Earth Friendly Inhalers to Cost Those with Asthma
For the 6.5 million American children with asthma, newly mandated environmentally friendly inhalers will come at a greater cost to low- and middle-income families – most will see a significant increase in their prescription co-payments or out-of-pocket costs, especially since a generic version of the medication will not be available.
In a letter appearing in the current issue of the Journal of Allergy and Clinical Immunology, University of Michigan C.S. Mott Children's Hospital pediatric allergist Harvey L. Leo, writes that the transition from chlorofluorocarbon (CFC) albuterol-metered dose inhalers to hydroflouroalkane (HFA) inhalers is an important one, but it could amount to a 200 percent to 400 percent increase in out-of-pocket costs for insured patients.
Even federal programs that help low-income families obtain asthma medications are expected to see a two- to threefold increase in cost since no generic medication will be available, he says.
"Our review suggests that the upcoming changes in the cost and availability of a truly generic albuterol-metered dose inhaler option will have significant financial impact on children and their families, especially in the current economic times," says Leo, adjunct clinical professor in the Department of Pediatrics and Communicable Diseases at U-M C.S. Mott Children's Hospital and assistant research scientist at the Center for Managing Chronic Disease, U-M School of Public Health. "This may impact the quality of care and general health of all children with asthma."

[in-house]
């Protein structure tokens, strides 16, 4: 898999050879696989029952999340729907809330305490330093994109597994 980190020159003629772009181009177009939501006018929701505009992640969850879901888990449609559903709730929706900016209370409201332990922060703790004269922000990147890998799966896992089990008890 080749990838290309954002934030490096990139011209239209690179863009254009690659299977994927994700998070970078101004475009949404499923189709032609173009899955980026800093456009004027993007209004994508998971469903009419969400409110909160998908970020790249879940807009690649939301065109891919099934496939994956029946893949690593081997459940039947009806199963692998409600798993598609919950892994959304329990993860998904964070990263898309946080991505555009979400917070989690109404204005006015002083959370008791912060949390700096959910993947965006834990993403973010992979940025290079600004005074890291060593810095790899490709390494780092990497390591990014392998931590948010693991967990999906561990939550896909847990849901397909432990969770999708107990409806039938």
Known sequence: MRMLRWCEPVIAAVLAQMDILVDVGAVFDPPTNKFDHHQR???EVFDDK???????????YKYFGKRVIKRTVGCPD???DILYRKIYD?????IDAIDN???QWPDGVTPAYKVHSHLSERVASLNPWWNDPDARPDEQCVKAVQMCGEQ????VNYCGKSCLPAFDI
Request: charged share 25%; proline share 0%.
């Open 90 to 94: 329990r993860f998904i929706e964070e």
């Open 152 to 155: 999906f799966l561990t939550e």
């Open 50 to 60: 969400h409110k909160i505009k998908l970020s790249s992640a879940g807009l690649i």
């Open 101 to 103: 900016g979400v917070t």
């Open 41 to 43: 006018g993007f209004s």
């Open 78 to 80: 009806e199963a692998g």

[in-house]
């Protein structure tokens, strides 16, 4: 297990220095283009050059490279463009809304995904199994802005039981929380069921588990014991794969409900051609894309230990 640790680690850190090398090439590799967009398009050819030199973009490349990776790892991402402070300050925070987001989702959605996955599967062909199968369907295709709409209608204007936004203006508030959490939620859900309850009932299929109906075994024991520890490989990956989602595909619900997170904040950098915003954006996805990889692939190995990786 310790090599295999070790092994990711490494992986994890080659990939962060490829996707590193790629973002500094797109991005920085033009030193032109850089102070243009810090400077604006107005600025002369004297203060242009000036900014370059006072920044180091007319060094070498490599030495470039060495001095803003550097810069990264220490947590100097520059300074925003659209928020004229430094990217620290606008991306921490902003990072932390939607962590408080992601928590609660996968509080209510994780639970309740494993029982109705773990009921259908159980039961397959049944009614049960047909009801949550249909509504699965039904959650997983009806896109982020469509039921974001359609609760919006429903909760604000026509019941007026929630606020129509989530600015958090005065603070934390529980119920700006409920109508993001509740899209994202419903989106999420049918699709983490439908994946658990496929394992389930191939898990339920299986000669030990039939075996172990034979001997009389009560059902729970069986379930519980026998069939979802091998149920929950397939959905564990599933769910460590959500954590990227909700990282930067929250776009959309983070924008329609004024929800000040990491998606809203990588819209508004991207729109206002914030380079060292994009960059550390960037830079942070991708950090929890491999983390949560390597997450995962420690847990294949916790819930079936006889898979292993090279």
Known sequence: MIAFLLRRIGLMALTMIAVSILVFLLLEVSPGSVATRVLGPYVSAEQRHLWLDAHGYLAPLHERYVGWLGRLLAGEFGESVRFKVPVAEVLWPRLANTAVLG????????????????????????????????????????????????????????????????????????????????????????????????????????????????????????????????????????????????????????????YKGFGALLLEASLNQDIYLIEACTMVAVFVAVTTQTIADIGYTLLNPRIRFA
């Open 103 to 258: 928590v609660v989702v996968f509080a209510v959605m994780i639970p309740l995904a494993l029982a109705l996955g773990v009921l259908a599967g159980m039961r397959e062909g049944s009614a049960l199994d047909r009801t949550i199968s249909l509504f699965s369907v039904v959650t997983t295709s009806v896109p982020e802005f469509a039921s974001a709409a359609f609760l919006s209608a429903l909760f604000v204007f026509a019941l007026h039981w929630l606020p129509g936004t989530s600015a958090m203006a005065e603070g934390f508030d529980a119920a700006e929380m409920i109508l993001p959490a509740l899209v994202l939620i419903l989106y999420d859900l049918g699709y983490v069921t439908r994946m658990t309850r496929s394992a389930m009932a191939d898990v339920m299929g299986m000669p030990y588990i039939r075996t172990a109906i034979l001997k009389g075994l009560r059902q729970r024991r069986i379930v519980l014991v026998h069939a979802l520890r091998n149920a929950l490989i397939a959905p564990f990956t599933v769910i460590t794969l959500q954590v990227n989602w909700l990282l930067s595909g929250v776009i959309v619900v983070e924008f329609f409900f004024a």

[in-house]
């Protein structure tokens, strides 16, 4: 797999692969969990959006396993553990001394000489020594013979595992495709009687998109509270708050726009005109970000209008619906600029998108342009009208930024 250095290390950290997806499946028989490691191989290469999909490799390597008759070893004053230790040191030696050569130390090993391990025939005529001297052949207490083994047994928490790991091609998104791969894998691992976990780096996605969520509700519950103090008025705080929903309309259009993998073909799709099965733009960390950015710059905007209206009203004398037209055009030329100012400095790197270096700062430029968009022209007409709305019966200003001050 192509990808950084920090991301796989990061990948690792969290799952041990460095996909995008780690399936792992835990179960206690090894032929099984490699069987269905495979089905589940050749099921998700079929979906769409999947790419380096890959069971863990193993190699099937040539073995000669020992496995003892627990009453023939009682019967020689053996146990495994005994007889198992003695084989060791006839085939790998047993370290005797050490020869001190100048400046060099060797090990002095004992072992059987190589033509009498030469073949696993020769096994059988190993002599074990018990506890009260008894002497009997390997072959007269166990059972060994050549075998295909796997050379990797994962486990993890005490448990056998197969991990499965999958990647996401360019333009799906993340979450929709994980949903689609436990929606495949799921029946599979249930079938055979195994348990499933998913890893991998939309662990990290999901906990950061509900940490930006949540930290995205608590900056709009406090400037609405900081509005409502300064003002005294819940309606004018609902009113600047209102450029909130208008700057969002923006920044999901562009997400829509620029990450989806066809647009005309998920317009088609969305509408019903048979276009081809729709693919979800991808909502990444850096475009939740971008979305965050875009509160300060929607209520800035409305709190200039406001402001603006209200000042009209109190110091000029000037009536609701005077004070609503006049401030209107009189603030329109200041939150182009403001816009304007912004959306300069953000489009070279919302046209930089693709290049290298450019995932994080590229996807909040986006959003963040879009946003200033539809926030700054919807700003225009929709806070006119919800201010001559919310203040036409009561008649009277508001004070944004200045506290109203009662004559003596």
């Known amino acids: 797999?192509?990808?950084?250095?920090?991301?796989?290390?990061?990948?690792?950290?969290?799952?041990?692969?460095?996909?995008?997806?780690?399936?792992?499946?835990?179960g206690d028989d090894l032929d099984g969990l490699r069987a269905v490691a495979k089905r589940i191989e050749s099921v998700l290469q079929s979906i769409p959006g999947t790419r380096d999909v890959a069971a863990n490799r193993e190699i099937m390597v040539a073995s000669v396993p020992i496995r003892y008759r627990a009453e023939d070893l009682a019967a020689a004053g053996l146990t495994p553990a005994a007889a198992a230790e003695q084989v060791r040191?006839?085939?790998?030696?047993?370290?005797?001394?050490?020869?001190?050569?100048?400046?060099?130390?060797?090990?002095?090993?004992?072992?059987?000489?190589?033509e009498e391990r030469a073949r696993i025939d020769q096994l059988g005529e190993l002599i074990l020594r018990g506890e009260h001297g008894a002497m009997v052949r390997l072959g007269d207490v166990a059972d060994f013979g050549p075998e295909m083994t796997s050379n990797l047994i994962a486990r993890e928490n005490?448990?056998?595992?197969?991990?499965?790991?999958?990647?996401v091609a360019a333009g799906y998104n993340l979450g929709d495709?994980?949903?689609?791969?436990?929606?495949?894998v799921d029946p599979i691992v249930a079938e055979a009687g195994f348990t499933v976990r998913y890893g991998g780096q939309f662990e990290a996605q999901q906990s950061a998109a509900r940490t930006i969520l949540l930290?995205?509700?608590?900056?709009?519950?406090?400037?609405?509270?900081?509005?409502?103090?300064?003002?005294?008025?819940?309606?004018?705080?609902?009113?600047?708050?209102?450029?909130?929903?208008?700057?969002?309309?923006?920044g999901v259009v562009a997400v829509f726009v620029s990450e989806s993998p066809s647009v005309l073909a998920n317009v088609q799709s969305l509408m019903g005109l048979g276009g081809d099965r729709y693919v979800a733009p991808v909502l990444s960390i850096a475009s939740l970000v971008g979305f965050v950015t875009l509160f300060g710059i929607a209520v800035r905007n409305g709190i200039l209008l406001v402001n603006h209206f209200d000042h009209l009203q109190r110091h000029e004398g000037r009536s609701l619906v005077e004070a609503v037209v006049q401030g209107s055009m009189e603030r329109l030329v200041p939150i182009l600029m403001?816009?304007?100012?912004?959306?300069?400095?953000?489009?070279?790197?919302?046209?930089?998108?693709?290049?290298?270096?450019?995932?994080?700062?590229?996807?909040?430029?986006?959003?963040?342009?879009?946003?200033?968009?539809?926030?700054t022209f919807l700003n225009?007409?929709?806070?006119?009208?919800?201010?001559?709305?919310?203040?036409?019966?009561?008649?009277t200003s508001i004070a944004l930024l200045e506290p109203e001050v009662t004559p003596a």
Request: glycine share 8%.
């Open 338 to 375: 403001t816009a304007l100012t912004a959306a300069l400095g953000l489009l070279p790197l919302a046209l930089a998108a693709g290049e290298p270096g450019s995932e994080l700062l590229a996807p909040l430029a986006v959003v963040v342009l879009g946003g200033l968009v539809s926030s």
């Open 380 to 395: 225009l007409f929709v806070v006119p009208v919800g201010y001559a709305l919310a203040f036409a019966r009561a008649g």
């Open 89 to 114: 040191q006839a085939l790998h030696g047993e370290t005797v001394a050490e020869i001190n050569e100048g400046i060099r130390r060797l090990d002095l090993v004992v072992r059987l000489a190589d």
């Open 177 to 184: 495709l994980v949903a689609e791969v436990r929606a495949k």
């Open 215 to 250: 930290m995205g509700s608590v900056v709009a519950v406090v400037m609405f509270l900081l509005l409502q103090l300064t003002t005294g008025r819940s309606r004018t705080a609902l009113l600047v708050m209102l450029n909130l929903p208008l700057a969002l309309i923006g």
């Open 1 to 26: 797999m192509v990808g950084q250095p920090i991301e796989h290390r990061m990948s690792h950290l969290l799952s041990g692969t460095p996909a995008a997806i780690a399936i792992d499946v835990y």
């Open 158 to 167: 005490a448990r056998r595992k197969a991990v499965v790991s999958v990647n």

With increased costs and more than 650,000 children with asthma who are uninsured, Leo worries that patients may try to save money by purchasing less effective medications to control their asthma, or using their medications less frequently than prescribed. He says such changes in recommended treatment plans would ultimately lead to increased risk for children with asthma, and the need for more urgent and costly care.
To protect the health of children with asthma, Leo urges federal and private insurance systems to take steps now to reduce the costs of HFA medications for the most vulnerable families.